The curriculum is experiential through and through, using music, visual arts, digital media, theater, film, and the best practices of small-group ministry to make its point. The retreat is led by an authorized staff member from the Fahs Collaborative who has deep experience in faith-based, social justice education. The eight sessions that follow the retreat are facilitated by two facilitators chosen by and from within the sponsoring congregation(s).

Beloved Conversations alone is not the magic solution to a congregation’s or community’s work on racial/cultural/theological diversity. It should be conceptualized as one among many tools that help faith communities reach their goal of living into the dream of our multicultural world, even if the community is “all white.” Sociologists of religion (see Emerson, 2009) widely confirm that only 4 percent of congregations in the United States are multiracial, in large part because congregations lack effective teaching and learning strategies that encourage every cultural group within the congregation to grow and develop cross-cultural competencies. Thus Beloved Conversations serves as more than a curriculum to help members of a congregation better relate one to the other; it also helps members re-tune their spiritual antennae to the needs of the world already swirling around them.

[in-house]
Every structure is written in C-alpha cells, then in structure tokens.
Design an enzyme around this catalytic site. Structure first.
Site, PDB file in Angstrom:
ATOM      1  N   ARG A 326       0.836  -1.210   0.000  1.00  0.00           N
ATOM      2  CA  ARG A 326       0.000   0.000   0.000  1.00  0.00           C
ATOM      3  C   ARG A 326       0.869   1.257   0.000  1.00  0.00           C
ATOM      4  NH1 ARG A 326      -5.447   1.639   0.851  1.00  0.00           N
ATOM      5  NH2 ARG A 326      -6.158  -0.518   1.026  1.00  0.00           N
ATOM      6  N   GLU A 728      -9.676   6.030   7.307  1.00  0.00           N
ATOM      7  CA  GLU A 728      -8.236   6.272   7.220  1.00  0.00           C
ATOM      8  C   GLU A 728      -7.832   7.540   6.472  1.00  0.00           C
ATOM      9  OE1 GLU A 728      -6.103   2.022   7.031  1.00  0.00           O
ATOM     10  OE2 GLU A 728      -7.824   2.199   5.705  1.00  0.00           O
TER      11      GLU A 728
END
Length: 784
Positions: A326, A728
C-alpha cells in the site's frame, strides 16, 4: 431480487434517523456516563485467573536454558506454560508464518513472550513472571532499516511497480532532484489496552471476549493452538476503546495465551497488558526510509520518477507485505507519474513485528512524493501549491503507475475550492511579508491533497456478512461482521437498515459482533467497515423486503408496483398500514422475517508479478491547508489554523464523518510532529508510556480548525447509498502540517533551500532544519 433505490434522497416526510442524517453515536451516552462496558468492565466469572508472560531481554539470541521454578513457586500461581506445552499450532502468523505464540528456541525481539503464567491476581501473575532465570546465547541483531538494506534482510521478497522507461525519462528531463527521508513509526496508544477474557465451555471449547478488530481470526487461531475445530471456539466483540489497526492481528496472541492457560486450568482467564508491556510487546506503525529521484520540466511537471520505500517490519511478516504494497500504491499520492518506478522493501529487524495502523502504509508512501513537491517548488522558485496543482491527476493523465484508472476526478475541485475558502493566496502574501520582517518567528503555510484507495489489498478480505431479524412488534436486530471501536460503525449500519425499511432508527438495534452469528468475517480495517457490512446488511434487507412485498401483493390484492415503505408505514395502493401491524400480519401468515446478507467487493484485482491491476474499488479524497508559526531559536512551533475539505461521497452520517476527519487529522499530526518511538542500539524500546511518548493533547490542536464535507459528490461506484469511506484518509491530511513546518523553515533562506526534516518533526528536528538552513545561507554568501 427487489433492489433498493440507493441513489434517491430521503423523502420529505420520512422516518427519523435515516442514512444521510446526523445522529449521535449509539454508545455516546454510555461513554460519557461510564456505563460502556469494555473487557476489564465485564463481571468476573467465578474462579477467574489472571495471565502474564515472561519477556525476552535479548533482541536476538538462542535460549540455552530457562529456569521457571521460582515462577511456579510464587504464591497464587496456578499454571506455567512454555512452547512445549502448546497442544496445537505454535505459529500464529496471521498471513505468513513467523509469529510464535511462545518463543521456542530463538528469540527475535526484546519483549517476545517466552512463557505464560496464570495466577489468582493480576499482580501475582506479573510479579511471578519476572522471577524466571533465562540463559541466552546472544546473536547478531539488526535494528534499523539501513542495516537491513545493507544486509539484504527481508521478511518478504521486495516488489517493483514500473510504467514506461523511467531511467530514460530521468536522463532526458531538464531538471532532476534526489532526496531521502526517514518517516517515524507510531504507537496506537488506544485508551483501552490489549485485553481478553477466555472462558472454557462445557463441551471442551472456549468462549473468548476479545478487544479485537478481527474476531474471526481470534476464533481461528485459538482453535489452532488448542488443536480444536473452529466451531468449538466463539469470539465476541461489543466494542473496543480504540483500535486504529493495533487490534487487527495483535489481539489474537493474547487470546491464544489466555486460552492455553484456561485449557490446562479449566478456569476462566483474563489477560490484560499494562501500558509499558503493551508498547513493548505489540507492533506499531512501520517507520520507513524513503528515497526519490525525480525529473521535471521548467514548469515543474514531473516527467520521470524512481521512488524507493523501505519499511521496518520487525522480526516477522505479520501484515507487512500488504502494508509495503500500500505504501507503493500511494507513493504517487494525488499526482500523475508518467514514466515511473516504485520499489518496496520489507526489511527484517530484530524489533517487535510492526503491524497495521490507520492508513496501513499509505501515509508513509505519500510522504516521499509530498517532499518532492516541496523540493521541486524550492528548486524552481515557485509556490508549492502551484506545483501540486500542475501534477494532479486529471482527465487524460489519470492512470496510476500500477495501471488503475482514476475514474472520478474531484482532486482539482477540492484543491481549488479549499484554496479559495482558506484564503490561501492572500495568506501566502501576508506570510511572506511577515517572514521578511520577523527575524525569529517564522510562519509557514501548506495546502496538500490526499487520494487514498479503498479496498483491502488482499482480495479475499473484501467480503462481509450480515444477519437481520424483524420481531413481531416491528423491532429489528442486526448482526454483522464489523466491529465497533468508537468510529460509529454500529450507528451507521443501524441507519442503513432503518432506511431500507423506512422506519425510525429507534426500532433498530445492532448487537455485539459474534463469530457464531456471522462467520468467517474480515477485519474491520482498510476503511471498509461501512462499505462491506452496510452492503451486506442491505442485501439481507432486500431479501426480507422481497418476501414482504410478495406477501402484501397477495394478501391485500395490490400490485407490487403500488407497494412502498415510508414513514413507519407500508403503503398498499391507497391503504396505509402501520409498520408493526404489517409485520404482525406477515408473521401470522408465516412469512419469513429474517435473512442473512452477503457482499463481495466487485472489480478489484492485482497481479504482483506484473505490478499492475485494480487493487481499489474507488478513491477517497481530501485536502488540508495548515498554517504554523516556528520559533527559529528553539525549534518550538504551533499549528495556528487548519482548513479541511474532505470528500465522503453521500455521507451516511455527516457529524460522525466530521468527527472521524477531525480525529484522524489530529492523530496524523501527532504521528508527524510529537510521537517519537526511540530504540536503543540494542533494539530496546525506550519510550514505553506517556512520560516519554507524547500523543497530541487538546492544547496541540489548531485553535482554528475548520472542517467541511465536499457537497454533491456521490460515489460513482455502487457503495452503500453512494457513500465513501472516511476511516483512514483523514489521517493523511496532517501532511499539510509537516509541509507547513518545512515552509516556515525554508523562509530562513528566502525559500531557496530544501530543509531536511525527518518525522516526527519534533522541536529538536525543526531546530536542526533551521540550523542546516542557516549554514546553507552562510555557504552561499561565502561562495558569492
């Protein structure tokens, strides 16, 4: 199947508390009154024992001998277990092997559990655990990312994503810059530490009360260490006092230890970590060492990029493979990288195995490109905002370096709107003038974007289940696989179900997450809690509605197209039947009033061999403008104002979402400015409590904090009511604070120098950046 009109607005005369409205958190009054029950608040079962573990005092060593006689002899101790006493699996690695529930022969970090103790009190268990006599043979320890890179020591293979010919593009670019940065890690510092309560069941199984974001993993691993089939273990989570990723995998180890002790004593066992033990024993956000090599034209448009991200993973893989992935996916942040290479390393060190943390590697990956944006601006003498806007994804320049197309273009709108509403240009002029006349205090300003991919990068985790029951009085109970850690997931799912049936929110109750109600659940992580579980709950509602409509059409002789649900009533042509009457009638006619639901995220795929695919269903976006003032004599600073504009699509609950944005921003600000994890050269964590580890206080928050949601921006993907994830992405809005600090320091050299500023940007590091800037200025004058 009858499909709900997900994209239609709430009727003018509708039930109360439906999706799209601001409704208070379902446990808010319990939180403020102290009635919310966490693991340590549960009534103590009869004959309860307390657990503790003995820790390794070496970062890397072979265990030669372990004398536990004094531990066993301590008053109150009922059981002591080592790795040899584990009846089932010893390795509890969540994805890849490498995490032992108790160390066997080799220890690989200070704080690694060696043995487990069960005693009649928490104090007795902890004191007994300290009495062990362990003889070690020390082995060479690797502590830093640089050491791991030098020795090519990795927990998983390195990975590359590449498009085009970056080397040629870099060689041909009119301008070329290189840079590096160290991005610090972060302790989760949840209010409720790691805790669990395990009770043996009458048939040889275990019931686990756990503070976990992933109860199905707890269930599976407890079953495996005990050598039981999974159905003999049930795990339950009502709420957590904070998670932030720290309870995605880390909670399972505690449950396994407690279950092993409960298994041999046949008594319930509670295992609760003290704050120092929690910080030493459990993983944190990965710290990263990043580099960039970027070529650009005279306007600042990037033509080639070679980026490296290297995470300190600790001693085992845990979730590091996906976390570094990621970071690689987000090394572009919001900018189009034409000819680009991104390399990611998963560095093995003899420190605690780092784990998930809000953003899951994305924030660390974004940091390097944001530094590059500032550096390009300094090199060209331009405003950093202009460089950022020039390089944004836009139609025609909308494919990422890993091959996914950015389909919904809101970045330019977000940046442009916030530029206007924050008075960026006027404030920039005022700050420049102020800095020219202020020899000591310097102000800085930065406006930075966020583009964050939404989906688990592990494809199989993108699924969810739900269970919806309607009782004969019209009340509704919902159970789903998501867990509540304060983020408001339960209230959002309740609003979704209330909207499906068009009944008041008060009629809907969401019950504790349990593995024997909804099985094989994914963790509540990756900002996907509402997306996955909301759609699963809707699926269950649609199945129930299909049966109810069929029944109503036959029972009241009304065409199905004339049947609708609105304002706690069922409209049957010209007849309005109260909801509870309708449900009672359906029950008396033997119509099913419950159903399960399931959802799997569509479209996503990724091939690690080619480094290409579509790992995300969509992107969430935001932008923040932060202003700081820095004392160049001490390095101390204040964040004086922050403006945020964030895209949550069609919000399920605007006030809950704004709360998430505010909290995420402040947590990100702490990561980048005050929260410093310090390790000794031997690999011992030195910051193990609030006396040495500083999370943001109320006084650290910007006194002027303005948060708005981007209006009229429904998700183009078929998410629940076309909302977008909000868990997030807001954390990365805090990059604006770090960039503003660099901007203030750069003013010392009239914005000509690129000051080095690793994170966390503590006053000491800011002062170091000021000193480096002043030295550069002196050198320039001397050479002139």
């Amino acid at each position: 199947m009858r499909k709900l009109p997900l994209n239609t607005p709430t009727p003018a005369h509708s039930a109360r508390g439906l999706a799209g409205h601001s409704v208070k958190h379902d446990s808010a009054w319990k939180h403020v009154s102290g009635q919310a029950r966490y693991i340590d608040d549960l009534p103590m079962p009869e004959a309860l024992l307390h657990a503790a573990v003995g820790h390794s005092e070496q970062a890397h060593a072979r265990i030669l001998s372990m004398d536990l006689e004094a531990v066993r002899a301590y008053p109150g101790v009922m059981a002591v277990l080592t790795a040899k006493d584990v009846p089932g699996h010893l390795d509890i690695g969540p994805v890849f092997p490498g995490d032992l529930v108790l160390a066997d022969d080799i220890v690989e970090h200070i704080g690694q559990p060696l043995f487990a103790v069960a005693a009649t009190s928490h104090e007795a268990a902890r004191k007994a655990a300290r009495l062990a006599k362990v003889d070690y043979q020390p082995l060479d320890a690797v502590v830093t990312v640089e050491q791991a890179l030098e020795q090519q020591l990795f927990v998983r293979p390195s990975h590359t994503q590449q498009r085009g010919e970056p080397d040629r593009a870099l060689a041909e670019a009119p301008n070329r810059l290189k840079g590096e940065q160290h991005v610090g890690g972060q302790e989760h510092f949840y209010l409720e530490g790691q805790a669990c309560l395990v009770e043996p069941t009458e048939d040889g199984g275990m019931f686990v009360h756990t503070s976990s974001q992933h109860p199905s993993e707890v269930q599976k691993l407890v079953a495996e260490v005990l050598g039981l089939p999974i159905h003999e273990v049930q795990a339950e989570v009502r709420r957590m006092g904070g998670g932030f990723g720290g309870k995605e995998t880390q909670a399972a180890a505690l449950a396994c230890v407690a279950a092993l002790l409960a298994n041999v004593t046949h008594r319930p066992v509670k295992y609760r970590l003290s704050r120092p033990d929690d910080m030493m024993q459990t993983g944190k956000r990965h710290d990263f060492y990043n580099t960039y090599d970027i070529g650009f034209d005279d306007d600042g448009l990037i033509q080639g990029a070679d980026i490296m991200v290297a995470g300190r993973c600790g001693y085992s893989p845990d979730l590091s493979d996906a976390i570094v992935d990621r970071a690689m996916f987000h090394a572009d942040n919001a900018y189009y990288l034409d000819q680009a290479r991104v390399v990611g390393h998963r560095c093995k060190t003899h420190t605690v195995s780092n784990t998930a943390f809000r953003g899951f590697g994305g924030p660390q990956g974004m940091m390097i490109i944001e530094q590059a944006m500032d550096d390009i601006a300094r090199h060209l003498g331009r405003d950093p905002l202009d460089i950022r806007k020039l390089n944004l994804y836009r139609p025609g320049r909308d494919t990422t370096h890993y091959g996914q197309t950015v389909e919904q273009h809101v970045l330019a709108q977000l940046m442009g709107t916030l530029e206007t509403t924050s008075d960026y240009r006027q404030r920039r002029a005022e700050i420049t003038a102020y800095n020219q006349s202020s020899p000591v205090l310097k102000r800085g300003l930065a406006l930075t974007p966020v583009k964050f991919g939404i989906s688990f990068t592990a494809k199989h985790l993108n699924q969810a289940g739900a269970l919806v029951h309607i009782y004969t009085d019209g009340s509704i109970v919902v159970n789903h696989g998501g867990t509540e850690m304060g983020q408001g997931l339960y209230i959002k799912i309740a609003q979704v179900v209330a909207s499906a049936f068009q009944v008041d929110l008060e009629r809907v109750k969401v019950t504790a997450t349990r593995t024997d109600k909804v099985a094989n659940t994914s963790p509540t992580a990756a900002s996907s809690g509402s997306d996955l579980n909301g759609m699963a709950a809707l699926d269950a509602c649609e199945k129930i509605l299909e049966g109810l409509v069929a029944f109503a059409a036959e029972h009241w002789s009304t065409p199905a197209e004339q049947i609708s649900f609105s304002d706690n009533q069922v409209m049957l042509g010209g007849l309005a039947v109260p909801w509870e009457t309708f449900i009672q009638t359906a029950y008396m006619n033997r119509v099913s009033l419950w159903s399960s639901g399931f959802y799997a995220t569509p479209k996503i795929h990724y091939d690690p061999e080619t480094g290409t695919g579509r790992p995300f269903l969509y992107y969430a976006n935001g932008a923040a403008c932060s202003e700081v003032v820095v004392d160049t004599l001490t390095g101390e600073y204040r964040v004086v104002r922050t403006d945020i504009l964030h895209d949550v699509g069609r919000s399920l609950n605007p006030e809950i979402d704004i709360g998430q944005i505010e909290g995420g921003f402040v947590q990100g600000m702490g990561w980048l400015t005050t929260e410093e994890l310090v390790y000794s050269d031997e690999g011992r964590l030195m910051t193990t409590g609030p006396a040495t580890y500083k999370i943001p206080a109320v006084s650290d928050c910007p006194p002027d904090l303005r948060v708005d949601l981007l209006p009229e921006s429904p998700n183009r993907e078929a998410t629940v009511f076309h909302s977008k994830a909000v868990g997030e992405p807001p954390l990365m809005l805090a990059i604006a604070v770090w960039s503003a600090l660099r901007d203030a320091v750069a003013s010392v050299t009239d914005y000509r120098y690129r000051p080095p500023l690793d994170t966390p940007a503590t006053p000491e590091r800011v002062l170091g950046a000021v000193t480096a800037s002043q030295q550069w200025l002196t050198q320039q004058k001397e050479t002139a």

The Fahs Collaborative realizes that change does not happen without thoughtful planning, spiritual discernment, and a highly relational commitment to the process of “doing the work for as long as it takes.” As such, the Collaborative provides professional staff support to help the congregation assess its readiness to engage. That process is followed up with individual and group coaching via digital formats (video conference, phone calls, and so forth).

Beloved Conversations was created in 2013. What have we learned so far? Reports from members in the network are both encouraging while challenging us to dig deeper. Congregational leaders report that people are:

  • more courageous in engaging in cross-cultural dialogue;
  • more comfortable in taking risks to communicate deeply held assumptions about race and ethnicity; better equipped to sit with cultural differences;
  • more adaptable in dealing with different standards of worship, music, education;